However, Oppo’s Heytap Health App also offers separate Activity Minutes and Heart Rate tracking, and these require almost no setup. These features do compete with the Google Fit functionality, but we found the base heart rate tracking was so intuitive that we didn’t use the Fit setup very much.
The heart rate tracking is accurate, providing readouts of everything during the day, helping you identify trends. Your historic heart rates are visible on the Heytap Health app, so you can take this research further.
Oppo Watch review: Sleep tracking
Oppo Watch tracks your sleep between 8pm and 10am the next day. That should cover most sleeping patterns (with the possible exception of shift workers). Your sleep time is calculated based on the amount of time you spend awake, in light sleep or deep sleep cycles.
It’s conveniently displayed in a three-bar graph, and again, you can look at your historic weekly and monthly sleep scores on the Heytap app. It’s a really useful, ergonomic way of displaying historic health data, showing you average numbers across the board.
Oppo Watch review: Battery Life and other features
Battery Life, unfortunately, is nothing to write home about. Oppo claims its 300mAh battery will last up to 24 hours, and up to 14 days in smart mode. It’s a little less than advertised, unfortunately, with around 20 hours or so of battery life in regular mode before requiring a recharge. Luckily, the watch charges remarkably quickly with its VOOC snap-on fast charging, taking around 90 minutes or so before reaching full capacity.
Otherwise, the Oppo Watch retains notification functionalities of your usual smartwatches, and it can accept and receive calls thanks to the in-built speaker and microphone. It’s quite loud, so the call functionality is robust, and you can cancel or send calls straight to voicemail from your wrist.
The UI is simple to use and functional, and with swappable watch faces, you can customise your look to suit your needs. The watch’s gyroscope will kick the face into life with a quick flick of your wrist, but it’s not quite up to the standards of other WearOS watch such as the Moto 360, which is much more sensitive. Occasionally, the Oppo Watch requires an extra “smartwatch flick” of the wrist to bring it to life. You can always push the button instead, but with smartwatches today, you shouldn’t have to.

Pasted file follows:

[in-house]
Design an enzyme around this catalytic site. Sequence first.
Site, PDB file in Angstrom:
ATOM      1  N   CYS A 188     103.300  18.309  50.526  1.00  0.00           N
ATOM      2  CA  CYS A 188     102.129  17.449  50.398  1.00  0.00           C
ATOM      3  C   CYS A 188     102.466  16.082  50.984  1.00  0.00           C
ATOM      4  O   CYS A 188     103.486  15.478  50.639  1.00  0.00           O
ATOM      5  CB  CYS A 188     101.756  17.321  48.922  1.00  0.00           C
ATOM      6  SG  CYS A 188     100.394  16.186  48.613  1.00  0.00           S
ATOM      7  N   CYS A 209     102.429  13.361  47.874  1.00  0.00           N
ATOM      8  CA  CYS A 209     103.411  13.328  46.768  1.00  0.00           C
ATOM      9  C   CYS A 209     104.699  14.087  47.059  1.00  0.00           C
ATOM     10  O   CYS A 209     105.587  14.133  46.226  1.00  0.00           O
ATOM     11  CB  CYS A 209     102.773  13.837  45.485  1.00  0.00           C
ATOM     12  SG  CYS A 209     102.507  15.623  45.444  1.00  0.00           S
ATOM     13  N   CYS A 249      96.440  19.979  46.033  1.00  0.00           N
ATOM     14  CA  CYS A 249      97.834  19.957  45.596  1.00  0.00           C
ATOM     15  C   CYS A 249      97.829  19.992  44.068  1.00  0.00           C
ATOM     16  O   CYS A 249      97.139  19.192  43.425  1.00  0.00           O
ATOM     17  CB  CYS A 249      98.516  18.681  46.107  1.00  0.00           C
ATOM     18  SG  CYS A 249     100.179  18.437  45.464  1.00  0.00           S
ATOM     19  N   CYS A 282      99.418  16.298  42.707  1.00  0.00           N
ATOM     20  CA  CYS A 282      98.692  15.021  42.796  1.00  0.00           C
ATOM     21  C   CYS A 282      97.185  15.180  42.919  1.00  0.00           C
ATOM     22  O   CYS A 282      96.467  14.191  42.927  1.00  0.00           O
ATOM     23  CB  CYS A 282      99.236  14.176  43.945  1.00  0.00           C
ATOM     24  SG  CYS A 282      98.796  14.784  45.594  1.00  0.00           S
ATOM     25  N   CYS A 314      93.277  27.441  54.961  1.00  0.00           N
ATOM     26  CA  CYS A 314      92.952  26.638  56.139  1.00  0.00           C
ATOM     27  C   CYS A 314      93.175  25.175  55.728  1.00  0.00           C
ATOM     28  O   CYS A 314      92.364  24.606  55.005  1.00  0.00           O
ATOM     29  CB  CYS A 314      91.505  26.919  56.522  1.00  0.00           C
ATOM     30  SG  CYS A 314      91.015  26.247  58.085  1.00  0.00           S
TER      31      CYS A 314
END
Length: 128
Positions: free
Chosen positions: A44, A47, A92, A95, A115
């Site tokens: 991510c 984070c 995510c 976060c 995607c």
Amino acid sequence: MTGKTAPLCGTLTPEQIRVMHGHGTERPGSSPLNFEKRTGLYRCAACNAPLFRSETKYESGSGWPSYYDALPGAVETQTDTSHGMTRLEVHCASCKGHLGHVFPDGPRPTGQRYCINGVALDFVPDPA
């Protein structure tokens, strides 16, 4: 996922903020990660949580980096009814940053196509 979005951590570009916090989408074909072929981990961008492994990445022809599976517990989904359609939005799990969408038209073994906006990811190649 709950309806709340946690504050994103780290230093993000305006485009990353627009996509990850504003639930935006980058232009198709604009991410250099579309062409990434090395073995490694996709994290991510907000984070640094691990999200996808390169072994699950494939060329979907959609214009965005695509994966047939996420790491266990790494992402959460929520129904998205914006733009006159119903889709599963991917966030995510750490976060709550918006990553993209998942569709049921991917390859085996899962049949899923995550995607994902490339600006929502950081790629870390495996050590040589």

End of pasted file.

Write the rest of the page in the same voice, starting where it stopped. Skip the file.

The Watch comes fully equipped with Google’s full suite of features, including Google Maps and Google Pay, so you’ll be able to zap your contactless cards from your wrist.
Oppo Watch review: Verdict
The Oppo Watch is packing a load of highly advanced health and fitness features. it's a wonderfully well-tuned watch with accurate tracking, and it's definitely got enough credibility to fill the dual niches of fitness tracker and smartwatch. The notification and call-from-watch voice functionalities ensure it's a great WearOS watch, especially with access to all the apps from the Google Store like Spotify and Strava.
However, the 41mm model sacrifices battery life, build quality and a premium feel to achieve this. At £229, it's still a great price for a WearOS smartwatch of this calibre and a very, very good fitness watch.
However, the Moto 360 is currently available for a bit cheaper, £200, which fills a similar niche in the WearOS Watch market and is satisfyingly big, metal and chunky. If you don't mind your outer casing being lighter or not having much metal, the Oppo Watch is for you, especially if the Moto 360 returns to its original price.
Matt Evans is an experienced health and fitness journalist and is currently Fitness and Wellbeing Editor at TechRadar, covering all things exercise and nutrition on Fit&Well's tech-focused sister site. Matt originally discovered exercise through martial arts: he holds a black belt in Karate and remains a keen runner, gym-goer, and infrequent yogi. His top fitness tip? Stretch.